We know the fruits of the Spirit. Drummed into our heads – either by memory or by that catchy kid’s tune – you can probably rhyme them off: “love, joy peace, patience, kindness, goodness, faithfulness, gentleness and self control.” (Galatians 5:22-23).
We have no problem embracing and working on the first eight fruits. But that’s where the fun ends. It’s that self-control thing that most of us wrestle with.
Self control? Take stock of our lives and most of us register a “fail”. Not that we’re perfect performers with the first eight. But doing what we do not want to do, and not doing what we should do is arguably the biggest challenge in the “How now shall we live?” department.
Take our fascination with everything online, particularly social media. The news has been awash in recent weeks with stories of tech leaders hanging their heads in shame, admitting that the industry has known for a long time that we are latched to smartphones in the same way addicts are slaves to their substances: the technology relies on the same neural pathways.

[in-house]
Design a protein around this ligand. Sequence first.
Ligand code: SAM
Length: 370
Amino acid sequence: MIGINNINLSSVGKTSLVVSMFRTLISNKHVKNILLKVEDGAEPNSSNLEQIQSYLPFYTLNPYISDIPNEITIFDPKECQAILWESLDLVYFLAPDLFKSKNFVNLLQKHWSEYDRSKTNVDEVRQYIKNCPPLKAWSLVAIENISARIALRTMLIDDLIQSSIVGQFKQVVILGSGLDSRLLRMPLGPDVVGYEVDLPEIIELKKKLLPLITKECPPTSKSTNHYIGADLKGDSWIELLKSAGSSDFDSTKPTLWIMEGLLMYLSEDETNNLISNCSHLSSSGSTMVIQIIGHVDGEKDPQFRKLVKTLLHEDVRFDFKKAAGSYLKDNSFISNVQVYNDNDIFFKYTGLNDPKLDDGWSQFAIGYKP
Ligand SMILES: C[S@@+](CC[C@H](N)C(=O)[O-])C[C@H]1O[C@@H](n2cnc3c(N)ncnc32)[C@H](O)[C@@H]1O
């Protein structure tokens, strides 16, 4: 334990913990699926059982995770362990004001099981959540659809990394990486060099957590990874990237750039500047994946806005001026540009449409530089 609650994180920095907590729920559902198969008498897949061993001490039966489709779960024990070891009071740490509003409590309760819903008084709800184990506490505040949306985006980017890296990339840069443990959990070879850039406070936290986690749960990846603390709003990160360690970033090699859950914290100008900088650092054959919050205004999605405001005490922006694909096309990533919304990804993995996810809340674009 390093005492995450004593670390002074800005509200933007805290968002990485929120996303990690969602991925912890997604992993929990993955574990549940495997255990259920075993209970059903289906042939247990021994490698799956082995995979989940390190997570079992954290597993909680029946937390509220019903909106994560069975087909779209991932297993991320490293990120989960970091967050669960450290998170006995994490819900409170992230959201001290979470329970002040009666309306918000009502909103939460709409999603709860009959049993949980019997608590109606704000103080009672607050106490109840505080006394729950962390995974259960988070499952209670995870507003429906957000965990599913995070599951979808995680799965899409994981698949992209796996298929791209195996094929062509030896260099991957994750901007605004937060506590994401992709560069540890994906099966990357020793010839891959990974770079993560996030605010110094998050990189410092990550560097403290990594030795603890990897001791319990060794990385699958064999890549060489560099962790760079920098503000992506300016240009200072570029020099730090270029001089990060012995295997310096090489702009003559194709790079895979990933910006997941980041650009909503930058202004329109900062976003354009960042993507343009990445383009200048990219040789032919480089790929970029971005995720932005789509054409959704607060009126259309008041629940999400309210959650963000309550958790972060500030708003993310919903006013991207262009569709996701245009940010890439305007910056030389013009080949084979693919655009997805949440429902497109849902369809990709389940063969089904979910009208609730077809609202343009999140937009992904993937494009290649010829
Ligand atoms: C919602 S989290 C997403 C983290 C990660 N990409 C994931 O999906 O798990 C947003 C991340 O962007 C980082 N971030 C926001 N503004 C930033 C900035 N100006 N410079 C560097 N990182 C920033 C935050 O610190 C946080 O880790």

The former president of Facebook admitted that they rely on dopamine, which is released when the brain expects a reward or gains knowledge. “You’re exploiting a vulnerability in human psychology,” he was quoted as saying. Another ex-Facebook VP told a business school audience that he “felt tremendous guilt … we are destroying how society works.” We are becoming antisocial, unhealthy, addicted and less intelligent. Sobering stuff. And quite possibly true. But does it have to be this way?
I get a lot of my news online, but I also read newspapers the old fashioned way. Old and new. Hmmm. Here’s a suggestion: what if we opened our eyes to our human frailties and tendencies and recognized all this as temptation and refused to give in?
Enter that crazy little thing called “self control.” As I admitted to my congregation last Sunday, I frequently get lost on a bunny trail of click bait. But when I become aware of my human nature (and the guiles of the devil) I take control. More than that: social media actually helps me focus. For example, I typically read a newspaper with a smart device at my side. When I want background, I tap and click and I get enlightened. But then – and here’s the key – I don’t go further. I return to the article in question and carry on. No rabbit hole.
Self control takes time, practice, endurance, and discipline. Imagine that. What’s old – taught by our grandmothers – is suddenly new again.